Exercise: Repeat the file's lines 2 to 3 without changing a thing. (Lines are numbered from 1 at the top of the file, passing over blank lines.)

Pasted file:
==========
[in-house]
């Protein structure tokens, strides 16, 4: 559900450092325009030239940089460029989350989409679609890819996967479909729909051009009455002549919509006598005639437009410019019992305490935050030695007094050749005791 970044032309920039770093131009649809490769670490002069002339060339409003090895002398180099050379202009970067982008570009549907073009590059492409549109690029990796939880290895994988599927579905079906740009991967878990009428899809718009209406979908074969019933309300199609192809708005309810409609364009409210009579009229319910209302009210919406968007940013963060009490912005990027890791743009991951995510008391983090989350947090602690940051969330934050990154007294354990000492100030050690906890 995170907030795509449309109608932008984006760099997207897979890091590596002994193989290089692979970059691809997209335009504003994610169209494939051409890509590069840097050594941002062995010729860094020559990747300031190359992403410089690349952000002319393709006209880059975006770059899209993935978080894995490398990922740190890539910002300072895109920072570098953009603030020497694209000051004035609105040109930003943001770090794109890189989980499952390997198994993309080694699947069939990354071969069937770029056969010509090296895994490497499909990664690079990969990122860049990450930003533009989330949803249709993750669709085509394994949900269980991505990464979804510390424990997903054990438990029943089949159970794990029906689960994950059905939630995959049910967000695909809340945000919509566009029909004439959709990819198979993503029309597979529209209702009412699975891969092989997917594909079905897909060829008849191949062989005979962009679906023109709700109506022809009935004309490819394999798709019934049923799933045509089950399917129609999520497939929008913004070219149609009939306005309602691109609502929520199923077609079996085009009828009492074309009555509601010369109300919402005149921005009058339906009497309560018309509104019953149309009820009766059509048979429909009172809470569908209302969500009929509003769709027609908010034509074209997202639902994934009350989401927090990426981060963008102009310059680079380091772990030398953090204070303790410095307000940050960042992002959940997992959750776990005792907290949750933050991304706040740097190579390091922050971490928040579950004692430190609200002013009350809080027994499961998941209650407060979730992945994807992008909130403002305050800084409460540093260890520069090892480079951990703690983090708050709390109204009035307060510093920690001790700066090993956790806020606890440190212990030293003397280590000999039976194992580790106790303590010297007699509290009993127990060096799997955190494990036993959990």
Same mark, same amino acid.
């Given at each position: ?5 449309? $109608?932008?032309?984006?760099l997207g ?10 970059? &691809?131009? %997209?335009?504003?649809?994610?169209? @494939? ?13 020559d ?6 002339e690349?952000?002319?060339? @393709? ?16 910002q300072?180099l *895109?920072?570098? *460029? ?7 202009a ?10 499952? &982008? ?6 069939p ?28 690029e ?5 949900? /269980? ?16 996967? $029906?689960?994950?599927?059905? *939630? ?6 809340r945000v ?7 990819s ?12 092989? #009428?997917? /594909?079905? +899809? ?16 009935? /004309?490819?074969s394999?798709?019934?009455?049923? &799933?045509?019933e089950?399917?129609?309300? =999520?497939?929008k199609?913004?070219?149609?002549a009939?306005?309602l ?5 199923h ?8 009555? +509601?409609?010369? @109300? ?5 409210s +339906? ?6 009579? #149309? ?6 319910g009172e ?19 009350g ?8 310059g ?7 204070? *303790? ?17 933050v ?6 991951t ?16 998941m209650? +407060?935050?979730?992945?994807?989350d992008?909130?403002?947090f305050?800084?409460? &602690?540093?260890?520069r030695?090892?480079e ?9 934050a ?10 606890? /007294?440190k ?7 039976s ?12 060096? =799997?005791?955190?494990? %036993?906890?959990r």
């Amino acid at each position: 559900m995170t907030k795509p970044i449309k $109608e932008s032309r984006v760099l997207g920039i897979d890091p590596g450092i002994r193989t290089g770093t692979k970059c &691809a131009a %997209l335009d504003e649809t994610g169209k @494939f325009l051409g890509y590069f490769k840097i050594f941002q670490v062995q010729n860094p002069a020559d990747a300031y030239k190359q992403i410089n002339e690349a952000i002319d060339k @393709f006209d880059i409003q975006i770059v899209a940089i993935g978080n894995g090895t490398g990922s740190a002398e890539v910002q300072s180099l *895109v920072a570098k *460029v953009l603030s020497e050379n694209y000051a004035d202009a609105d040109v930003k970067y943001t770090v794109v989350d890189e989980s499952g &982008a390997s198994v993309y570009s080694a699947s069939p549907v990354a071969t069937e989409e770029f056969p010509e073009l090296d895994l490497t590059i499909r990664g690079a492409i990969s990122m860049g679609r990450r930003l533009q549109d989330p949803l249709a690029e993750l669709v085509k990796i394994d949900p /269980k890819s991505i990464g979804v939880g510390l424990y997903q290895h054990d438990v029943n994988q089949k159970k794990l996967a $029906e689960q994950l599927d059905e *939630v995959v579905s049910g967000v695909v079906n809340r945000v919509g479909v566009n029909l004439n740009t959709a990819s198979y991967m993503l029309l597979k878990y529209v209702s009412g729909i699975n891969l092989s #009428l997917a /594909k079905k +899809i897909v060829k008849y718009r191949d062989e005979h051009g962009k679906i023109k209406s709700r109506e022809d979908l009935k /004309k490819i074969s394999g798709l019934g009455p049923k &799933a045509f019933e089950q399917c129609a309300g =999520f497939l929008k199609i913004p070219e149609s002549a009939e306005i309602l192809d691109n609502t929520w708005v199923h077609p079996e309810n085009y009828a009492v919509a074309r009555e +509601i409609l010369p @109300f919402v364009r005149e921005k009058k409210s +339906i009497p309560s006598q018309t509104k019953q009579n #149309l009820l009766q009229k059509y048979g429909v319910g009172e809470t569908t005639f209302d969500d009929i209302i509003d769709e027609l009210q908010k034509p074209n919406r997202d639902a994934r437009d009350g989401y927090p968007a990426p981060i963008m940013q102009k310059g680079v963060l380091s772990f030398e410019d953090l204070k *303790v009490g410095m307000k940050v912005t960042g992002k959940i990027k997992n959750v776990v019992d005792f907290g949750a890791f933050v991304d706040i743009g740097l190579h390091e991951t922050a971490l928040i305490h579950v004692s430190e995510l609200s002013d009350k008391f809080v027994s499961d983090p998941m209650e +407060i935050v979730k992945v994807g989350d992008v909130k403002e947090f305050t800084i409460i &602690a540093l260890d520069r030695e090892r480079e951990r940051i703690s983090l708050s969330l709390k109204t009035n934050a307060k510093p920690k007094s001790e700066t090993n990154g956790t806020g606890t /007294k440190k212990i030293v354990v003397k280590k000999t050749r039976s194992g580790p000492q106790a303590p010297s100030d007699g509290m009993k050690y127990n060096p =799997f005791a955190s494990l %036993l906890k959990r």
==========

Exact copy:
């Protein structure tokens, strides 16, 4: 559900450092325009030239940089460029989350989409679609890819996967479909729909051009009455002549919509006598005639437009410019019992305490935050030695007094050749005791 970044032309920039770093131009649809490769670490002069002339060339409003090895002398180099050379202009970067982008570009549907073009590059492409549109690029990796939880290895994988599927579905079906740009991967878990009428899809718009209406979908074969019933309300199609192809708005309810409609364009409210009579009229319910209302009210919406968007940013963060009490912005990027890791743009991951995510008391983090989350947090602690940051969330934050990154007294354990000492100030050690906890 995170907030795509449309109608932008984006760099997207897979890091590596002994193989290089692979970059691809997209335009504003994610169209494939051409890509590069840097050594941002062995010729860094020559990747300031190359992403410089690349952000002319393709006209880059975006770059899209993935978080894995490398990922740190890539910002300072895109920072570098953009603030020497694209000051004035609105040109930003943001770090794109890189989980499952390997198994993309080694699947069939990354071969069937770029056969010509090296895994490497499909990664690079990969990122860049990450930003533009989330949803249709993750669709085509394994949900269980991505990464979804510390424990997903054990438990029943089949159970794990029906689960994950059905939630995959049910967000695909809340945000919509566009029909004439959709990819198979993503029309597979529209209702009412699975891969092989997917594909079905897909060829008849191949062989005979962009679906023109709700109506022809009935004309490819394999798709019934049923799933045509089950399917129609999520497939929008913004070219149609009939306005309602691109609502929520199923077609079996085009009828009492074309009555509601010369109300919402005149921005009058339906009497309560018309509104019953149309009820009766059509048979429909009172809470569908209302969500009929509003769709027609908010034509074209997202639902994934009350989401927090990426981060963008102009310059680079380091772990030398953090204070303790410095307000940050960042992002959940997992959750776990005792907290949750933050991304706040740097190579390091922050971490928040579950004692430190609200002013009350809080027994499961998941209650407060979730992945994807992008909130403002305050800084409460540093260890520069090892480079951990703690983090708050709390109204009035307060510093920690001790700066090993956790806020606890440190212990030293003397280590000999039976194992580790106790303590010297007699509290009993127990060096799997955190494990036993959990």
Same mark, same amino acid.